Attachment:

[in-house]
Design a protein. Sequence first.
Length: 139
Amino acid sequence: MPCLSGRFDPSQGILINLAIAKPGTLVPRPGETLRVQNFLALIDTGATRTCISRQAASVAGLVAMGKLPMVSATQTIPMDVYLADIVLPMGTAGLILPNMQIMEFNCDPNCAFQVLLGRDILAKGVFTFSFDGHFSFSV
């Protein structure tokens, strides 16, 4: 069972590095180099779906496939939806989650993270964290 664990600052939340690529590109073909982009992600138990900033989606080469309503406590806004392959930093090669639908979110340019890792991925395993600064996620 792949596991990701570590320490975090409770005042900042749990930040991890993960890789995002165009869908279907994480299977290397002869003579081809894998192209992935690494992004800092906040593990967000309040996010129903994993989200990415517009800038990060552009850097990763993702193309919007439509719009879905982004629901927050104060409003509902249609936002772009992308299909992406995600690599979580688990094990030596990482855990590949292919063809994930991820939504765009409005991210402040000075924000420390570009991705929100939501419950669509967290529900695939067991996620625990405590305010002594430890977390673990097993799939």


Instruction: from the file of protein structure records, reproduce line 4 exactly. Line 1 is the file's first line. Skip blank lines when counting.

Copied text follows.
Amino acid sequence: MPCLSGRFDPSQGILINLAIAKPGTLVPRPGETLRVQNFLALIDTGATRTCISRQAASVAGLVAMGKLPMVSATQTIPMDVYLADIVLPMGTAGLILPNMQIMEFNCDPNCAFQVLLGRDILAKGVFTFSFDGHFSFSV